“If you want to encourage someone to do something, make it easy.”

Richard Thaler

Have you ever spotted a small sticker of housefly in the men’s urinal and pondered the reason behind it? The logic is simple that whenever a man sees a fly, he aims at it but little did he know that the aim of the architect is to reduce the spillage of urine and the results show that it reduced the spillage by 80 percent. The architect or designer just ‘nudged’ us to make the outcome of behavior better.

The word ‘Nudge’ literally mean a gentle ‘touch’ or ‘push’ but if you have come across the term ‘Nudge’ in many popular articles, it means something more interesting that, I think, most of us don’t know. Its theoretical meaning has been popularized by the two American scholars, Richard Thaler and Cass Sustein, in their widely acclaimed book Nudge, Improving Decisions About Health, Wealth and Happiness. Let’s first understand the term and then how to create a ‘Nudge’.

Nudge: A Nudge is any aspect of the choice architecture that alters people behavior in a predictable way without forbidding any options or significantly changing their economic incentives. The nudge must be subtle, cheap and easy which steer people’s choices in directions that will improve their lives.

Cover of the Book 'Nudge'
Book Cover

Who is Choice Architect?

A choice architect has the responsibility for organizing the context in which people make decisions and they can make major improvements to the lives of others by designing user-friendly environments. Don’t assume that it is specialized field for psychologists, because we all as parents, salesperson, doctors, lawyers, bosses etc. can be choice architects and influence the choices other people make. For example, a good building architect must realize that location of stairwells, sitting arrangement or a bathroom etc. can make workplace more interactive and fun.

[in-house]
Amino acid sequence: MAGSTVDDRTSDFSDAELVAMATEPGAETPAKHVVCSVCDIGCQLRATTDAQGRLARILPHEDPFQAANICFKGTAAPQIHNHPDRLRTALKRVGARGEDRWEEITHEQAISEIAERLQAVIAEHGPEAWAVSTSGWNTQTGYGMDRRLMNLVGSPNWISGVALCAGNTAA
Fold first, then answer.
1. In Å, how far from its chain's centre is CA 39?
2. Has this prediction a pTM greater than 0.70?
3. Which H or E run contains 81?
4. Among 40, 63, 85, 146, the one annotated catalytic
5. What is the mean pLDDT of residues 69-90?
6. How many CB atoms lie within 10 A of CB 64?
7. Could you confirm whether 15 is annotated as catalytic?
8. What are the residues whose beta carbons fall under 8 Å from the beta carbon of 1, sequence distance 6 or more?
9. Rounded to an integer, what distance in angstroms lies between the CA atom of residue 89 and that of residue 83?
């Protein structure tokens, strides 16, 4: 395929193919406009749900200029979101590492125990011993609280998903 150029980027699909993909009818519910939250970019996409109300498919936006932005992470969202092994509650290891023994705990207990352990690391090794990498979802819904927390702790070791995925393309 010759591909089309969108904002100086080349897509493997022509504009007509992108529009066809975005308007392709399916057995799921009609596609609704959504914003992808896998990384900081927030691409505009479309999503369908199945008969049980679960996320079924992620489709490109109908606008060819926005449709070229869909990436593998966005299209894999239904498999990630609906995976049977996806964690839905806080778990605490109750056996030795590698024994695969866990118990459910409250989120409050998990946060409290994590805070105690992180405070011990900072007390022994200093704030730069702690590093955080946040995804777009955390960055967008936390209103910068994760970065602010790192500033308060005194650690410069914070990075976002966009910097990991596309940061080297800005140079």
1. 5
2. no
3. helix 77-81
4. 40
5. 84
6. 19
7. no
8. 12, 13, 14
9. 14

Consider another illustration, where in a school canteen, the aim of administration was to increase the intake of fruits and nutritious foods without taking the choice of students to eat fast foods. They just ‘nudged’ the kids’ decision making by displaying more nutritious food first and fast food on the last shelves and it worked just by changing the arrangement.

How to create a ‘Nudge’?

Before understanding how to ‘nudge’, let’s start with a universal but an unacknowledged fact. We humans are irrational creatures and we don’t make choices in our best interest. Why otherwise would we smoke when we know there are chances of cancer, obese when we know there is risk of heart disease, we don’t put seat belts even when it is for our safety, we don’t save and invest to secure the future, we follow the herd when other people may be wrong, over confident about our strengths etc. in short we all are creatures of our emotions, habits and willpower and we are not rational creatures. We can only create a ‘Nudge’ if we accept that we all are biased and understand how we behave. (These biases in human behavior will be covered in series of articles later).

5 ways to create ‘Nudge’

Expect Error